The Arm of the Stone, by Victoria Strauss, opens with young Bron listening, as he has every night, to this tale, which has special meaning to his family, as they are the sole surviving descendants of that family Percival tried to extinguish. They tell the tale to remind each generation of the prophecy that one day “The One” will come, greater than any in mindpower, and reclaim the sword and overthrow the Guardians. It takes... Read More
King Arthur by Daniel Mersey
King Arthur is another in Osprey Publishing’s MYTHS AND LEGENDS series, this one written by Daniel Mersey and illustrated by Alan Lathwell. Compared to the subjects of the prior two I’ve reviewed (Jason and the Argonauts, Thor), King Arthur is a much more complex and difficult figure to try and explain in concise fashion, seeing as how his stories span multiple centuries, cultures, styles, and how each leap from one to the other brings with it an accordant change in content and even characters. That being the case, I have to say Mersey does an admirable job in streamlining Arthur’s legend, walking us through it via both time and region/culture, as well as explaining some of the preva... Read More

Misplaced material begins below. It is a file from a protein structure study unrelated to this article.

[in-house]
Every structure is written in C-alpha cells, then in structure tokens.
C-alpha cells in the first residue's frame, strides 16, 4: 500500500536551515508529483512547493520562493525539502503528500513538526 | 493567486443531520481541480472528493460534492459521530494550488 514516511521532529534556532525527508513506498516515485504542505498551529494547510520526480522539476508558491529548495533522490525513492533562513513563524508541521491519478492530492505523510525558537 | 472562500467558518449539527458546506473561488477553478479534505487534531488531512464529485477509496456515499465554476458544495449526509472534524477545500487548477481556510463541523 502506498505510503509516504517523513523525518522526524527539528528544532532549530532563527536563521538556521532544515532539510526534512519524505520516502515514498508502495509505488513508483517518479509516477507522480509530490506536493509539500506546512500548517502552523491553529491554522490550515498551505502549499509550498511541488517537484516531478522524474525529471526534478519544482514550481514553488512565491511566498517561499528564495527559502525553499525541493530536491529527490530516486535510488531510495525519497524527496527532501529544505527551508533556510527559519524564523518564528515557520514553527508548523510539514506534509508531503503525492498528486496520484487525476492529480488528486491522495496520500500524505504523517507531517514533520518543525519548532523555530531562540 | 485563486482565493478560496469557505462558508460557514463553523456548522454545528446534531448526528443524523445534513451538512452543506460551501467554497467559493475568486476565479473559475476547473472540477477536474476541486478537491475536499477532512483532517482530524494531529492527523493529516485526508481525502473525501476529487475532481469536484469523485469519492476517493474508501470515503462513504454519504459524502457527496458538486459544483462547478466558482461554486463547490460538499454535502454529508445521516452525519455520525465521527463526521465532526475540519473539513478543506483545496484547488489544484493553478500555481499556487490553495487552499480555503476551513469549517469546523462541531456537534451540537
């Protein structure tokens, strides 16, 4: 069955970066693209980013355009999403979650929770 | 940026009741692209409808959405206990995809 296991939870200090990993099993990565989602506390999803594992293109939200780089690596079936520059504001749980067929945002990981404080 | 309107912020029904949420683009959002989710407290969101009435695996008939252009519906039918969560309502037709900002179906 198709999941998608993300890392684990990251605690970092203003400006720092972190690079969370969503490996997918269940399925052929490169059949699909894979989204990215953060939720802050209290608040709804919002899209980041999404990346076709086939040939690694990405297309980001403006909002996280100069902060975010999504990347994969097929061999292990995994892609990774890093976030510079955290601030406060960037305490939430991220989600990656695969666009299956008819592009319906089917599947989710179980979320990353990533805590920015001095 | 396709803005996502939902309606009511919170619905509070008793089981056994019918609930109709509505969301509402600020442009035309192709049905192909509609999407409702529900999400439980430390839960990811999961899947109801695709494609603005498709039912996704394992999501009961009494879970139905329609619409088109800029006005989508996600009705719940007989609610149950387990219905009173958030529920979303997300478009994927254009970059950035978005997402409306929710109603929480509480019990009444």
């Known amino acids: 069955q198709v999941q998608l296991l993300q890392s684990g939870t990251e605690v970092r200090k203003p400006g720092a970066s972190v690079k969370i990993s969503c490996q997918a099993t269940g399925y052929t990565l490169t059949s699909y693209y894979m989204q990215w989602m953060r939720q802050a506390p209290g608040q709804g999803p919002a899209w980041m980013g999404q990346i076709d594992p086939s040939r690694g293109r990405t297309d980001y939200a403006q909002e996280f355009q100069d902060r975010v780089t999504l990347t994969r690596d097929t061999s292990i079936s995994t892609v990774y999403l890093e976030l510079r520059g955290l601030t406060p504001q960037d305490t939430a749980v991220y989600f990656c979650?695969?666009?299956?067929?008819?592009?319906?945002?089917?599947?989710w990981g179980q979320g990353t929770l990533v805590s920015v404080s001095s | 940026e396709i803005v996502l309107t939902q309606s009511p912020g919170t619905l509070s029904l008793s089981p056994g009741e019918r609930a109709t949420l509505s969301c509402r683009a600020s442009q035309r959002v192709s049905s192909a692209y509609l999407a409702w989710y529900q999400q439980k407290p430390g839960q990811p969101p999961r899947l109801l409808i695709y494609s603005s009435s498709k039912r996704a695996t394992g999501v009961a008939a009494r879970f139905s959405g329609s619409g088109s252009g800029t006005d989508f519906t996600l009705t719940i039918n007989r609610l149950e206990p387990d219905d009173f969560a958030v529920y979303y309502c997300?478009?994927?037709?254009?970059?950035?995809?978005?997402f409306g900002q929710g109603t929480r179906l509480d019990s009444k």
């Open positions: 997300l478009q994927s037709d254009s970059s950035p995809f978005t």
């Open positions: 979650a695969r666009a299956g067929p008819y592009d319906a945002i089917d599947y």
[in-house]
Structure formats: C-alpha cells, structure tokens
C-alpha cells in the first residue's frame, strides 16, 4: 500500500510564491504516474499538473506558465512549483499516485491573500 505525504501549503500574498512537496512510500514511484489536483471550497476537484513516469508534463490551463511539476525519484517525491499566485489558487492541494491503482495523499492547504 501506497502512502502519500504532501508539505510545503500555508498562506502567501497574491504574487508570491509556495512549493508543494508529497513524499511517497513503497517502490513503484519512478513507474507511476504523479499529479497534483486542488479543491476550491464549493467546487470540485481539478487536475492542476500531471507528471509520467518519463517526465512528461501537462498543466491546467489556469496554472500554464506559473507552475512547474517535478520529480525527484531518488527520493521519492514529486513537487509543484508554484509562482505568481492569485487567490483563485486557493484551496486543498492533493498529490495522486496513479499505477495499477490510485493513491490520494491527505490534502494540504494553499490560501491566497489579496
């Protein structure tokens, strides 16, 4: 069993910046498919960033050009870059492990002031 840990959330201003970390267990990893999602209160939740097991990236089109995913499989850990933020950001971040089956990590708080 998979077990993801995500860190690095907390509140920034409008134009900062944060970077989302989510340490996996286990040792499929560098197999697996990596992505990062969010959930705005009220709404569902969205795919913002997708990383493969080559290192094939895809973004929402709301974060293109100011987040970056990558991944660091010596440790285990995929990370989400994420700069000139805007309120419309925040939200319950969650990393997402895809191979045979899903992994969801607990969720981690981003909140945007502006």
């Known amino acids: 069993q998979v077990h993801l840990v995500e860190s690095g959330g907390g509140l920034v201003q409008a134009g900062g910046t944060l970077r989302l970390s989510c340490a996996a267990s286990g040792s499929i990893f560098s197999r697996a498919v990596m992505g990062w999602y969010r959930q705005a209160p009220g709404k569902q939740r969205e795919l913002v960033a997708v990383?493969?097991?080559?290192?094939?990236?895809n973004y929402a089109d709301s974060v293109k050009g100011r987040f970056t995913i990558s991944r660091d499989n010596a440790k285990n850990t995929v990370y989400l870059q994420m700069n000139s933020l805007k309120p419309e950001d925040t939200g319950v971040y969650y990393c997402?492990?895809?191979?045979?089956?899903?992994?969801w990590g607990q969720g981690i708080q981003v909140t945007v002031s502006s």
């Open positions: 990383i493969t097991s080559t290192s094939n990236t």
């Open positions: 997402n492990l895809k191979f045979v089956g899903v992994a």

Vicious by V.E. Schwab
Vicious, by V.E. Schwab, is another offering in the ever-more popular folks-with-powers genre, and fits as well in the equally popular sub-genre where those folks-with-powers don’t’ fall neatly into the quaint “superhero” mode but have a bit more edge, a bit more (OK, a lot more in this case) grey to them.
Chronologically, the story begins when Victor and Eli, a pair of brilliant college roommates/best friends, devise a theoretical method for creating an “EO”, or an Extra-Ordinary (person with powers) and decide to put theory into action. Their experiment (two separate ones actually) succeeds, but at a horrible cost which includes but is not limited to the severing of their friendship. The two go their own ways, one path — Victor’s — leading to a decade spent in prison and another, well, I won’t spoil that one, but both paths lead to the two in violent, obsessive conflict that will ripple outward on... Read More
Thor: Viking God of Thunder by Graeme Davis